Credit: Nick Romanenko
Ali Maher, director of the Center for
Advanced Infrastructure and
Transportation, left, and Martin Robins,
director of the Alan M. Voorhees
Transportation Center, stand at the
crossroads of Route 18 and the NJ
Transit Northeast Corridor rail - two of
the most heavily traveled transportation
lines in central New Jersey. Their new
partnership seeks multidisciplinary
solutions to the state's transportation
Eventually, the goal is to raise the profile of transportation studies and service at Rutgers and in New Jersey to match that of the University of California Transportation Center and the Texas Transportation Institute at Texas A&M University.
The Voorhees Transportation Center was founded in 1998 and is focused on policy and transportation worker training. It provides a statewide forum for public policy in transportation and creates links to related areas such as economic development, land use, political governance, finance and social policy.
The center handles projects for local, state and federal government dealing with the state’s rail-freight system and works on improving pedestrian safety throughout New Jersey. The NTI recently received a $200,000 contract from the federal Department of Homeland Security to develop an anti-terror training program for Amtrak employees and freight and commuter railroads.
At the other end of the spectrum, CAIT is mainly comprised of engineers. They spend most of their time on research to build highways, bridges and other infrastructure. Scientists at CAIT have carved out expertise in designing sensors that monitor the condition of bridges and tunnels.
Seeking to improve one of New Jersey’s many transportation woes, Maher said that CAIT’s Asphalt Pavement Laboratory works on developing quieter, more durable pavement. The center, located on Busch campus, also deals with transportation security, monitoring and controlling traffic flow and gauging the effectiveness of park-and-ride lots.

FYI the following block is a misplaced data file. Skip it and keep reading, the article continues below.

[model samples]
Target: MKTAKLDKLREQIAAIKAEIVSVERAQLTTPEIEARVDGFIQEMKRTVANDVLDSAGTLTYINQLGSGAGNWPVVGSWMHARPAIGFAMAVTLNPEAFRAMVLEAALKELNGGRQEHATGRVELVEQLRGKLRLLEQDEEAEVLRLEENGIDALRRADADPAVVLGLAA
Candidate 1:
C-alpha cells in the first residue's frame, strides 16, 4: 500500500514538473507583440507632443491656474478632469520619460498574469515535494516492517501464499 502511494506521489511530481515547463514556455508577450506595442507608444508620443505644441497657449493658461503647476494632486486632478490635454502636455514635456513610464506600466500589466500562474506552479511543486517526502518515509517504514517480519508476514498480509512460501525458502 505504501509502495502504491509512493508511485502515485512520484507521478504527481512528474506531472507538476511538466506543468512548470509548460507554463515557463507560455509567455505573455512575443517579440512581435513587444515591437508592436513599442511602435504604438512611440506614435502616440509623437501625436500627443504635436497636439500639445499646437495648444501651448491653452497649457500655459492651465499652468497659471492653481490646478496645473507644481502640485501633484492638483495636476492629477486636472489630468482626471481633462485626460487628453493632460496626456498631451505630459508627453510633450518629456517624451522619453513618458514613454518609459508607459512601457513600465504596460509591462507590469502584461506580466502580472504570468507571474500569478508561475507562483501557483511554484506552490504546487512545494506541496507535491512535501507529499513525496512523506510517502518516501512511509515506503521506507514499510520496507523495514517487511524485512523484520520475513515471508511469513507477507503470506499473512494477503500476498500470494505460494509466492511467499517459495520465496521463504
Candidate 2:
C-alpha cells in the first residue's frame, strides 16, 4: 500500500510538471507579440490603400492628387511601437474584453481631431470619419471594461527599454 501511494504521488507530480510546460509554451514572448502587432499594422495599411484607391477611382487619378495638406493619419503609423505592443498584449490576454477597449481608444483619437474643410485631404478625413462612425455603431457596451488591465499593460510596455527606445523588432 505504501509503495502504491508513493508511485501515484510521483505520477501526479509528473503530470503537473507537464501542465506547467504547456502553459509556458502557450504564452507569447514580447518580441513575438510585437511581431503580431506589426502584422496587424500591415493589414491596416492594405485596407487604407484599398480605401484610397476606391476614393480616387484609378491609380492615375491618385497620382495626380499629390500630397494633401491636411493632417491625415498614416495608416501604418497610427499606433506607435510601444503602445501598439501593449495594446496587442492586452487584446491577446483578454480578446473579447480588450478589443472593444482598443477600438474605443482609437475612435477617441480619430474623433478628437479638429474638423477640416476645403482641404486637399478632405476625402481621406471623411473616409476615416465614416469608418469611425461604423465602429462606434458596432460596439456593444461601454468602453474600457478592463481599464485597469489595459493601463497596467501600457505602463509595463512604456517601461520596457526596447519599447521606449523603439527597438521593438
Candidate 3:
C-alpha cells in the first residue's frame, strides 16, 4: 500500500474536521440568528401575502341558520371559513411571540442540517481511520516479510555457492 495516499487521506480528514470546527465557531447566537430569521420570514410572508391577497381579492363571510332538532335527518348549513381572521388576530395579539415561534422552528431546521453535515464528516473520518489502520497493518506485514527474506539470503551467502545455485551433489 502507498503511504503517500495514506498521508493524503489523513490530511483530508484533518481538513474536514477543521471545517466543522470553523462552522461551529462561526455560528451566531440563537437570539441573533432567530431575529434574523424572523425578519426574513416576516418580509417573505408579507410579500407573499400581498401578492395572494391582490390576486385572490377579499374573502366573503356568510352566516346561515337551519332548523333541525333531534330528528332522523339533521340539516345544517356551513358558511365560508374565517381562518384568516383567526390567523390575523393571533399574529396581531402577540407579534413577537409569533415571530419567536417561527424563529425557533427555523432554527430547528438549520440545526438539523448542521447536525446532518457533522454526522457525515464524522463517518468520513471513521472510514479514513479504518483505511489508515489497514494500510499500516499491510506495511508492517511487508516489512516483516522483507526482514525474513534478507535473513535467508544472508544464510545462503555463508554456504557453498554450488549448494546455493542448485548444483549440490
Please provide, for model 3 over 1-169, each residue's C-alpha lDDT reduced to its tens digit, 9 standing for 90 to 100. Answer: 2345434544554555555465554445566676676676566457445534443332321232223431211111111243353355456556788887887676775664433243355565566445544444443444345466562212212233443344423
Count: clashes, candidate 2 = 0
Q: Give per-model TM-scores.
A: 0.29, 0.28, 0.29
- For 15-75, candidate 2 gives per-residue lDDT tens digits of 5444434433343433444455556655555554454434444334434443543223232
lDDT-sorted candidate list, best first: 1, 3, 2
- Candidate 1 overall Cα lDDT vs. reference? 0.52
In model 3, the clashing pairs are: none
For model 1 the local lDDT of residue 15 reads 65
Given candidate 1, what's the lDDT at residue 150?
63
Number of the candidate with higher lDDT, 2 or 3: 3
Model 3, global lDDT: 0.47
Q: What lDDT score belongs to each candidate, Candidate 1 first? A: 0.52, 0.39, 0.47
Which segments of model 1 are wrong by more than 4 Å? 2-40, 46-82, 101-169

The Local Technical Assistance Program (LTAP) transfers technology and findings from the lab to public works directors, highway safety officials and other transportation professionals. CAIT’s activities have grown so much that the center requires a new building. The $4.3 million project is under construction on Busch campus and is paid for by Rutgers, federal and state transportation agencies and industry groups. The project is slated for completion by May 2005.
“We sort of outgrew the space that we are operating from,” Maher said. He added that, although CAIT’s work had been interdisciplinary before, the collaborations were mainly among scientists in technical fields.
“We had minimal exposure to planning and policy aspects of our projects. Basically we would tell our clients that we are not involved [in policy],” Maher said.
“Since starting to forge this close relationship with Voorhees we are expanding our horizons and looking at bigger projects where we can team up. Now that we know exactly what they offer and what their capabilities are, it has expanded our operation.”